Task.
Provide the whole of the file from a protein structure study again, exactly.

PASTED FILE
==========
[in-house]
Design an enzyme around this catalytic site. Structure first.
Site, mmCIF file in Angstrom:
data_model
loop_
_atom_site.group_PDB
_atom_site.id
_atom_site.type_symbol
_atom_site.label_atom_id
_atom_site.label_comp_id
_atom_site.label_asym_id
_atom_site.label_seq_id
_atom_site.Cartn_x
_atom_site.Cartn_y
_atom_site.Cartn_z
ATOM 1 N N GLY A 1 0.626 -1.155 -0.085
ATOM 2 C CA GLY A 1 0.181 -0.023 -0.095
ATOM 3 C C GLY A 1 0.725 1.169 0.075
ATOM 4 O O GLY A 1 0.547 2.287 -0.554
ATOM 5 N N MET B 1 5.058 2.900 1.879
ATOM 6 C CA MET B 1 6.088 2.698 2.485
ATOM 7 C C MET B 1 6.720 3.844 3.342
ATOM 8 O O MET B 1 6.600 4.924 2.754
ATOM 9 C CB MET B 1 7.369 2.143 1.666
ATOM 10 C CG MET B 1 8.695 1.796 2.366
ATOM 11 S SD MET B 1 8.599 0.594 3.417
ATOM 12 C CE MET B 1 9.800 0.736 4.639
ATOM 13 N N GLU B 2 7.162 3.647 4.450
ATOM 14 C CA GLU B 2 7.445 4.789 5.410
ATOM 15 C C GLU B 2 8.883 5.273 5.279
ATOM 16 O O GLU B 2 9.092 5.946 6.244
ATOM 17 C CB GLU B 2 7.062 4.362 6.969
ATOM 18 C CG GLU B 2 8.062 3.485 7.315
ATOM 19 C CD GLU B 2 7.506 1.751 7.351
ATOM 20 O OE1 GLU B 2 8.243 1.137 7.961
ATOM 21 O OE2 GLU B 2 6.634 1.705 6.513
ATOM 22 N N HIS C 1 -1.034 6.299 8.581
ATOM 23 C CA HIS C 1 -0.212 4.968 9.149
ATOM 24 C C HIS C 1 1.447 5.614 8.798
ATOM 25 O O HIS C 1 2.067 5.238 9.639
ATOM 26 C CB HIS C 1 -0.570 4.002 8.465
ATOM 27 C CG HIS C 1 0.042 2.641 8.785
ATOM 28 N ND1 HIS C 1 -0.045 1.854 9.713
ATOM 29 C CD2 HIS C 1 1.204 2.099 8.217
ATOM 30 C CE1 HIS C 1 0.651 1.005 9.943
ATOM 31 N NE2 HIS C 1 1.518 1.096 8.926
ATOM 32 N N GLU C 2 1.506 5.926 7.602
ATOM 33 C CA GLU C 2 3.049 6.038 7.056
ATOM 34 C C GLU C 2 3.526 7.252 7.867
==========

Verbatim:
[in-house]
Design an enzyme around this catalytic site. Structure first.
Site, mmCIF file in Angstrom:
data_model
loop_
_atom_site.group_PDB
_atom_site.id
_atom_site.type_symbol
_atom_site.label_atom_id
_atom_site.label_comp_id
_atom_site.label_asym_id
_atom_site.label_seq_id
_atom_site.Cartn_x
_atom_site.Cartn_y
_atom_site.Cartn_z
ATOM 1 N N GLY A 1 0.626 -1.155 -0.085
ATOM 2 C CA GLY A 1 0.181 -0.023 -0.095
ATOM 3 C C GLY A 1 0.725 1.169 0.075
ATOM 4 O O GLY A 1 0.547 2.287 -0.554
ATOM 5 N N MET B 1 5.058 2.900 1.879
ATOM 6 C CA MET B 1 6.088 2.698 2.485
ATOM 7 C C MET B 1 6.720 3.844 3.342
ATOM 8 O O MET B 1 6.600 4.924 2.754
ATOM 9 C CB MET B 1 7.369 2.143 1.666
ATOM 10 C CG MET B 1 8.695 1.796 2.366
ATOM 11 S SD MET B 1 8.599 0.594 3.417
ATOM 12 C CE MET B 1 9.800 0.736 4.639
ATOM 13 N N GLU B 2 7.162 3.647 4.450
ATOM 14 C CA GLU B 2 7.445 4.789 5.410
ATOM 15 C C GLU B 2 8.883 5.273 5.279
ATOM 16 O O GLU B 2 9.092 5.946 6.244
ATOM 17 C CB GLU B 2 7.062 4.362 6.969
ATOM 18 C CG GLU B 2 8.062 3.485 7.315
ATOM 19 C CD GLU B 2 7.506 1.751 7.351
ATOM 20 O OE1 GLU B 2 8.243 1.137 7.961
ATOM 21 O OE2 GLU B 2 6.634 1.705 6.513
ATOM 22 N N HIS C 1 -1.034 6.299 8.581
ATOM 23 C CA HIS C 1 -0.212 4.968 9.149
ATOM 24 C C HIS C 1 1.447 5.614 8.798
ATOM 25 O O HIS C 1 2.067 5.238 9.639
ATOM 26 C CB HIS C 1 -0.570 4.002 8.465
ATOM 27 C CG HIS C 1 0.042 2.641 8.785
ATOM 28 N ND1 HIS C 1 -0.045 1.854 9.713
ATOM 29 C CD2 HIS C 1 1.204 2.099 8.217
ATOM 30 C CE1 HIS C 1 0.651 1.005 9.943
ATOM 31 N NE2 HIS C 1 1.518 1.096 8.926
ATOM 32 N N GLU C 2 1.506 5.926 7.602
ATOM 33 C CA GLU C 2 3.049 6.038 7.056
ATOM 34 C C GLU C 2 3.526 7.252 7.867